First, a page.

Former Navajo chairman and president, Peterson Zah, dies at 85
Peterson Zah gives a speech at Diné College on April 7, 2017. (Photo courtesy Diné College)
Former Navajo President, Peterson Zah, died Tuesday in Fort Defiance, Arizona, after a lengthy illness. He was 85.
Zah served as chairman of the Navajo Nation Council in the 1980s before he was elected the first president for the Navajo Nation in 1990 when the government was restructured into three branches.
According to reporting by the Associated Press, Zah vowed to rebuild the tribe, and to support family and education, after he took office. Zah guided his tribe through a politically turbulent era and worked hard to correct wrongdoings against Native Americans.
In his later years, Zah became the Native American liaison for the president of Arizona State University, a post he held for 15 years where he helped increase the number of Native students enrolled, according to the AP.
Zah was remembered in the Roundhouse in Santa Fe on Wednesday where Sen. Shannon Pinto (D-Tohatchi) requested a moment of silence for the fallen leader.
“What Peterson emphasized was the future of the nation, for the children, and always advocated that to new leadership coming in,” said Pinto. “He didn’t serve a very long time in leadership with the Navajo Nation. But it was a very pinnacle for him to be there.”
Pinto also discussed Zah’s tireless efforts towards pushing young Native students towards higher education.
“He doubled the enrollment of Native American students at that university. He even increased their retention rate from 43% to 78%. So it was very certain that our people heard him about education being a priority,” she said.
Rep. Wonda Johnson (D-Rehobeth) remembered how loving Zah was after discovering they were from the same Navajo clans.
“He called me his daughter, acknowledged me as his daughter and from then on we had a relationship,” said Johnson. “And he guided and mentored me.”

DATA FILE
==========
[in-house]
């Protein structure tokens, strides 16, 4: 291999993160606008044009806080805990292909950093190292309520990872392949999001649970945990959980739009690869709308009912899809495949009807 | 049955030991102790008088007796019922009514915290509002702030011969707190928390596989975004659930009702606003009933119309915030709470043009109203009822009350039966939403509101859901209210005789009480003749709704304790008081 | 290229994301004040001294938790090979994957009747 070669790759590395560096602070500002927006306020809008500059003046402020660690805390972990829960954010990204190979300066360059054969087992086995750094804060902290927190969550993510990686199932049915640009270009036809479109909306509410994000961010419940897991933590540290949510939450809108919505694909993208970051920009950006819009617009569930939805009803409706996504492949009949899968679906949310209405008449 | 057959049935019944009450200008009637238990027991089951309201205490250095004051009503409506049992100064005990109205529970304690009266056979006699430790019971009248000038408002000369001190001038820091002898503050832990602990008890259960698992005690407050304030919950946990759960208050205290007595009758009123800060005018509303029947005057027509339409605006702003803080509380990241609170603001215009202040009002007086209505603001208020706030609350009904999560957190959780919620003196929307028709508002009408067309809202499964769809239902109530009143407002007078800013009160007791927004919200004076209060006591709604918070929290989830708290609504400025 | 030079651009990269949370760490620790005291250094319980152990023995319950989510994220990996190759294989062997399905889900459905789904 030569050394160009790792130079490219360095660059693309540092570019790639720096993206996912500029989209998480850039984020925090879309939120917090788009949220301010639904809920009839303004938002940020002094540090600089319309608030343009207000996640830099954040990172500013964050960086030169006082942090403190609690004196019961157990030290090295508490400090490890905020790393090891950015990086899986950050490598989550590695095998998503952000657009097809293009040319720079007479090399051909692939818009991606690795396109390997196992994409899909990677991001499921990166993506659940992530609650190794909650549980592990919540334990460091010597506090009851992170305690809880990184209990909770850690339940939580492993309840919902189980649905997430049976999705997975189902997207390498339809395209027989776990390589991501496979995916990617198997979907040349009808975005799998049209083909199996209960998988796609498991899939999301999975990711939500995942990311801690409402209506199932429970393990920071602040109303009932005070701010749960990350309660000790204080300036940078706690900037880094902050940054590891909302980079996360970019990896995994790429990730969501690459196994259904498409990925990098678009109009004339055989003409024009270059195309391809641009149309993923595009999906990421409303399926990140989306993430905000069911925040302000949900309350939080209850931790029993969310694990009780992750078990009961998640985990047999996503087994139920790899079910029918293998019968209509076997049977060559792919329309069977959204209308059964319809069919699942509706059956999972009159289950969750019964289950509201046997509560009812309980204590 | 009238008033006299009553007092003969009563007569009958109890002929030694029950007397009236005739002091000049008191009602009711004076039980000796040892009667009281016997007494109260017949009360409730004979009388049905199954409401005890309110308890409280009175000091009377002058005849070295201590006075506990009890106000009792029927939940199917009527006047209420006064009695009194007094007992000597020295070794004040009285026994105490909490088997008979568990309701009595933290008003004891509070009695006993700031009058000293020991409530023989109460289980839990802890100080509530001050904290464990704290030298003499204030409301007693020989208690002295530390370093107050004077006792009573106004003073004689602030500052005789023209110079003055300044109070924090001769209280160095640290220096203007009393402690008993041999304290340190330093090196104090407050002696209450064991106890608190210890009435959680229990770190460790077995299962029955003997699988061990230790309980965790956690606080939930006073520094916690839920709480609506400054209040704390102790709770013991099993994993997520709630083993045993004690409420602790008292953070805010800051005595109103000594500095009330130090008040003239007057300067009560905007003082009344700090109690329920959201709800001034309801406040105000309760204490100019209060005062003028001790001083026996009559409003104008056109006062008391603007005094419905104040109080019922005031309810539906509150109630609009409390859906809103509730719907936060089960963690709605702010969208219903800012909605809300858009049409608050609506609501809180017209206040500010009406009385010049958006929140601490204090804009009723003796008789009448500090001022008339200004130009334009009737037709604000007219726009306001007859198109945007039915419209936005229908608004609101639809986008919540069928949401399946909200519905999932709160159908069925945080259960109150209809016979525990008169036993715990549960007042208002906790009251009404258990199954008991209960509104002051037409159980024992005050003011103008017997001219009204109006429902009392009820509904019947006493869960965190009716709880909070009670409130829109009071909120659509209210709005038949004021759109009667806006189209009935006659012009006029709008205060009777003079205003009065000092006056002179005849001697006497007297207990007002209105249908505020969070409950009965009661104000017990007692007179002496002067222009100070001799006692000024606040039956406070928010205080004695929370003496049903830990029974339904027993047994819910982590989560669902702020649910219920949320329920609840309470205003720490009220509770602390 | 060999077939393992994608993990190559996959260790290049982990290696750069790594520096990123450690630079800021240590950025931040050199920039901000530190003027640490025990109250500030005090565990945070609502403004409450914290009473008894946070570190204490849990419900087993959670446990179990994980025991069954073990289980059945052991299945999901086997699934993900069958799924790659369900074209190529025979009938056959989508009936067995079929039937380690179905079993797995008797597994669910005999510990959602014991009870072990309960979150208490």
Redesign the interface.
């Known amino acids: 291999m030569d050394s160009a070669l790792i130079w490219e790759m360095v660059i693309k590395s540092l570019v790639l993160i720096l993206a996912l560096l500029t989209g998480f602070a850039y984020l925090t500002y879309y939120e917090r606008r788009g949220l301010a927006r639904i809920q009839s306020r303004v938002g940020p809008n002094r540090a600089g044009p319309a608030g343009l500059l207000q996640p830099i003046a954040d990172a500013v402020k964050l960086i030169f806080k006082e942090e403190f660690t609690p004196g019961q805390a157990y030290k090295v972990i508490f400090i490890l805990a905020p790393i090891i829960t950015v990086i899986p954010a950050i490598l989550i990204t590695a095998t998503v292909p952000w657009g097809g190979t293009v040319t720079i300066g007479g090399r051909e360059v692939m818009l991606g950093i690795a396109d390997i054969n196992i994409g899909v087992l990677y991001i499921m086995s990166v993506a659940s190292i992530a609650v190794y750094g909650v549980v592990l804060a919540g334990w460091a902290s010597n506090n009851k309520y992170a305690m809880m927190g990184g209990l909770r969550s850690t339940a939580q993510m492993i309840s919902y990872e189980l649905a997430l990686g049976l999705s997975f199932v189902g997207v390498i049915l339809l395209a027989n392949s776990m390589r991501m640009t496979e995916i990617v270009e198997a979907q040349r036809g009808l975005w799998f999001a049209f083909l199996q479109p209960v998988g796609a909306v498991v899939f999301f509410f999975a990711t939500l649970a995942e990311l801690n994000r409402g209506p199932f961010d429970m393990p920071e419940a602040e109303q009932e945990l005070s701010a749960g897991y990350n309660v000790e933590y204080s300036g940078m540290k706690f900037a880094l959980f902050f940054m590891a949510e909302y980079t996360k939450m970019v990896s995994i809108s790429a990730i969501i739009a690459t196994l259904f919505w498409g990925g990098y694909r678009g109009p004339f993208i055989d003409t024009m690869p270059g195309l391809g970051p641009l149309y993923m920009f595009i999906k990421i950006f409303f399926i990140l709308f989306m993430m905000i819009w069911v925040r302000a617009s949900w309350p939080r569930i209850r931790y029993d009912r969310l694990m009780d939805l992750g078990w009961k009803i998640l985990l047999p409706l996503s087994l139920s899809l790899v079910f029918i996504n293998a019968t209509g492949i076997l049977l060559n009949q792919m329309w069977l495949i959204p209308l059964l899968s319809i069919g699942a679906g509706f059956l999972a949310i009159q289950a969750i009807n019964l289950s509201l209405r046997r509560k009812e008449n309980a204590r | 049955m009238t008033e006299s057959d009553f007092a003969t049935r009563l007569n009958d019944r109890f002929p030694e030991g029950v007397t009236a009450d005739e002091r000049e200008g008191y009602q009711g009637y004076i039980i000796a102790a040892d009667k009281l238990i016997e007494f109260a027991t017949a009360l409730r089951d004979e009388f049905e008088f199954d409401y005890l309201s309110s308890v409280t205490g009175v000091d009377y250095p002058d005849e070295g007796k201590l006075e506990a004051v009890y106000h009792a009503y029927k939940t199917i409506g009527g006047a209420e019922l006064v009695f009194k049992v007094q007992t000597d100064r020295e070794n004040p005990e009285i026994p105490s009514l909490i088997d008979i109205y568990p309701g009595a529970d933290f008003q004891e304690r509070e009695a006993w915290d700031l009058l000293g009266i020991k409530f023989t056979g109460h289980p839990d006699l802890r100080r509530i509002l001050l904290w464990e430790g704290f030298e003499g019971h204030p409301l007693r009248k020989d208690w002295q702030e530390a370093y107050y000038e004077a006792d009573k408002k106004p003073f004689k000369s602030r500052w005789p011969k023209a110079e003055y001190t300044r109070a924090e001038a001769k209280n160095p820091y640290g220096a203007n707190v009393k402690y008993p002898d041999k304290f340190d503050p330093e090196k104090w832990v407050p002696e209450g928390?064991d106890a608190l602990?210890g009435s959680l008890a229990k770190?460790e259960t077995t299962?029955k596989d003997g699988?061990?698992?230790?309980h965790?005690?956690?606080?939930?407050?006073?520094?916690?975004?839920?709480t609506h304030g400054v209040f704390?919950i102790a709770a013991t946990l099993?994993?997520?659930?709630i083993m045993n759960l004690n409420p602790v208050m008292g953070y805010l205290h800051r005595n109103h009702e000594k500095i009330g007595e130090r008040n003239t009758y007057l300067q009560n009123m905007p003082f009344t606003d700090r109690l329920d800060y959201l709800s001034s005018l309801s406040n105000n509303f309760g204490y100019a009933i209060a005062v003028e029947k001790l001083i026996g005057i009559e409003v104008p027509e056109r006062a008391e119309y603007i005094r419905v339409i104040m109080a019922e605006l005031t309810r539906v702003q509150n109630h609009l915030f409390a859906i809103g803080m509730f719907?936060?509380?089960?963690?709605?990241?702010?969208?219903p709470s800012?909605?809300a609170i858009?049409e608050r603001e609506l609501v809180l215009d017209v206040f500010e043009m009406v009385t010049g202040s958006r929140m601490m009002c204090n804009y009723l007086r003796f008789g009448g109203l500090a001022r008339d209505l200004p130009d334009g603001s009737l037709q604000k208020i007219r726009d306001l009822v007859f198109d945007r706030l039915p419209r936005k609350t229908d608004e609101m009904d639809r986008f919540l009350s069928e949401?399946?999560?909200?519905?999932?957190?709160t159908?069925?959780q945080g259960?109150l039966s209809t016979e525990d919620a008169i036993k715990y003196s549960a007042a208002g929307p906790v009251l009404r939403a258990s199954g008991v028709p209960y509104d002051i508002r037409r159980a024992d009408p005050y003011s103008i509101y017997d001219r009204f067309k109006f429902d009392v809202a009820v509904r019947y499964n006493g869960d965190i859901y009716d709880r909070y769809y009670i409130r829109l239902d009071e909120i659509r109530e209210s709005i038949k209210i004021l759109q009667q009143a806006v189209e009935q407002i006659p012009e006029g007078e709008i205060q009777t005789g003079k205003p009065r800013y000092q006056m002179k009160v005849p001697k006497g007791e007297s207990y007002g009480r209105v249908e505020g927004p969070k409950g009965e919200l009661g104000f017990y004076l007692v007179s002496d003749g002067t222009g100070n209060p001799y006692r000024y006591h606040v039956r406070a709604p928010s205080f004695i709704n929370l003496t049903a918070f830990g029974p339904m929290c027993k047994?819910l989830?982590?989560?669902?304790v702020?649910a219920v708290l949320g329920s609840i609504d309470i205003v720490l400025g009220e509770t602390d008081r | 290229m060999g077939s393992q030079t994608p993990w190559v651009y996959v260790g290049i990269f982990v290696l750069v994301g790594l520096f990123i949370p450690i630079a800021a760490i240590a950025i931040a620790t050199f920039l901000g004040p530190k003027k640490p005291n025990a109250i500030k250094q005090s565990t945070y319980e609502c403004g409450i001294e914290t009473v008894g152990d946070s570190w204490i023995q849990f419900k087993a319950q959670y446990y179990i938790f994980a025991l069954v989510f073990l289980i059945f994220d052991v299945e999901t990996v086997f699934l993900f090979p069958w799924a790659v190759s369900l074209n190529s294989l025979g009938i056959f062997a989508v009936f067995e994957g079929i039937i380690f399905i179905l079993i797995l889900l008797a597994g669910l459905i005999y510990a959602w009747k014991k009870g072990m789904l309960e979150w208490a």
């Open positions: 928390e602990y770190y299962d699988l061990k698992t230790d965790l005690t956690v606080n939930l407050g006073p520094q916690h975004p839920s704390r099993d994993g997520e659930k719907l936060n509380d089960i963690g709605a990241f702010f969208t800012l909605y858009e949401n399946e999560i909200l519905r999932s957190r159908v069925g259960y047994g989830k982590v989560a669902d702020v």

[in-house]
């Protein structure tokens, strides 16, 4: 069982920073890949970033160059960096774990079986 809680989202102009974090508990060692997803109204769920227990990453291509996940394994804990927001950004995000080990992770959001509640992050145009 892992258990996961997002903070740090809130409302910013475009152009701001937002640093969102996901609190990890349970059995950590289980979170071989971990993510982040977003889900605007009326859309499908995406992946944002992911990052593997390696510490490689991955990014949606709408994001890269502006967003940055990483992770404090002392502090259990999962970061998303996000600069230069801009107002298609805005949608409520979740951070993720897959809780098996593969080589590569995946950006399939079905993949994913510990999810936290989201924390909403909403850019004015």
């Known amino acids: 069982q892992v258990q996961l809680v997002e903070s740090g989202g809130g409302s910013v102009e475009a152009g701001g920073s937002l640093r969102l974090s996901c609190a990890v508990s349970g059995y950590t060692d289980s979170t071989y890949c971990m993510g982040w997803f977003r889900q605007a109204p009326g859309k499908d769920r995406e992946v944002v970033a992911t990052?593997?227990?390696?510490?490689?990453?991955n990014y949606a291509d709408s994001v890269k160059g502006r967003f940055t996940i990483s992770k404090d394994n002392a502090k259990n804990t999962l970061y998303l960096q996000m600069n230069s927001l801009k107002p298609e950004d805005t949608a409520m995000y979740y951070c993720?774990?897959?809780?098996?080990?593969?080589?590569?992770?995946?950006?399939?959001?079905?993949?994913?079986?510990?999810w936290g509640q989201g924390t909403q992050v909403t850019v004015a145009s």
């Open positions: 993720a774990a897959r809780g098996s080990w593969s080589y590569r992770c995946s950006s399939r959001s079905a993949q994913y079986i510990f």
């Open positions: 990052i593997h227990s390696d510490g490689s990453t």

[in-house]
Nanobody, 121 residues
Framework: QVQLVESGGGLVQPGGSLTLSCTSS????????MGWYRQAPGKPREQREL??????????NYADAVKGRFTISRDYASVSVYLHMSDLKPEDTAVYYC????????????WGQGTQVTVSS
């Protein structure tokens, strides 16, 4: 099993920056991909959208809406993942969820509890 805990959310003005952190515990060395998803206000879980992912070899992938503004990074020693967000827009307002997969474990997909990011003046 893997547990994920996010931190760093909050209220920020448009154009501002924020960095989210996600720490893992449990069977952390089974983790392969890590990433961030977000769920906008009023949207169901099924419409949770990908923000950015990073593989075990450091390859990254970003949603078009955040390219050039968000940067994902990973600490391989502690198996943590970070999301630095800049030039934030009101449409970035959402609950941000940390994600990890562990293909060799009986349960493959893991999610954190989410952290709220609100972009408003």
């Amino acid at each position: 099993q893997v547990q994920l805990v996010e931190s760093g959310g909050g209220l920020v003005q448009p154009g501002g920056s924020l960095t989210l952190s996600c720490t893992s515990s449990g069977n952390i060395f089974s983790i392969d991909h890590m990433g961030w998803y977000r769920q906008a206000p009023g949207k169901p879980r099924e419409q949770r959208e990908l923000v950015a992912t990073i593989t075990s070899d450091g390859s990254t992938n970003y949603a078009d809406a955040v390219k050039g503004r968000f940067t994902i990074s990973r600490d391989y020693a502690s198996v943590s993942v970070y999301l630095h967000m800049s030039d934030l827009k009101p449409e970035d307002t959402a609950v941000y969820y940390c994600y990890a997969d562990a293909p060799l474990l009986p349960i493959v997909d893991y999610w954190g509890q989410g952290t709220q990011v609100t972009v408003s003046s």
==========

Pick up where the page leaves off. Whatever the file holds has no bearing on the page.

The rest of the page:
Rep. Derrick Lente (D-Sandia Pueblo) admired Zah’s leadership qualities.
“Any tribal leader, when they can speak with eloquence, when they can speak with grace, when they can speak from the heart and utilize their core values in projecting that in terms of where they come from, and how they can talk about any situation, but yet go back and use those core values from where they come from is powerful,” he said.
Lente is thankful that he and future Native leaders have that role model.
“I want to be able to somehow be able to replicate that ability to be able to be an effective leader,” he said. “Yet be humble enough to know that he can come back to his community and he’s still a leader within his own community.”
And as the Associated Press wrote, despite his tremendous success, Zah never claimed to be an extraordinary Navajo, just a Navajo with extraordinary experiences.
UPDATE Sat. March 11, 2023 9:30 a.m.This story was updated to provide proper attribution to information that was first reported by the Associated Press.
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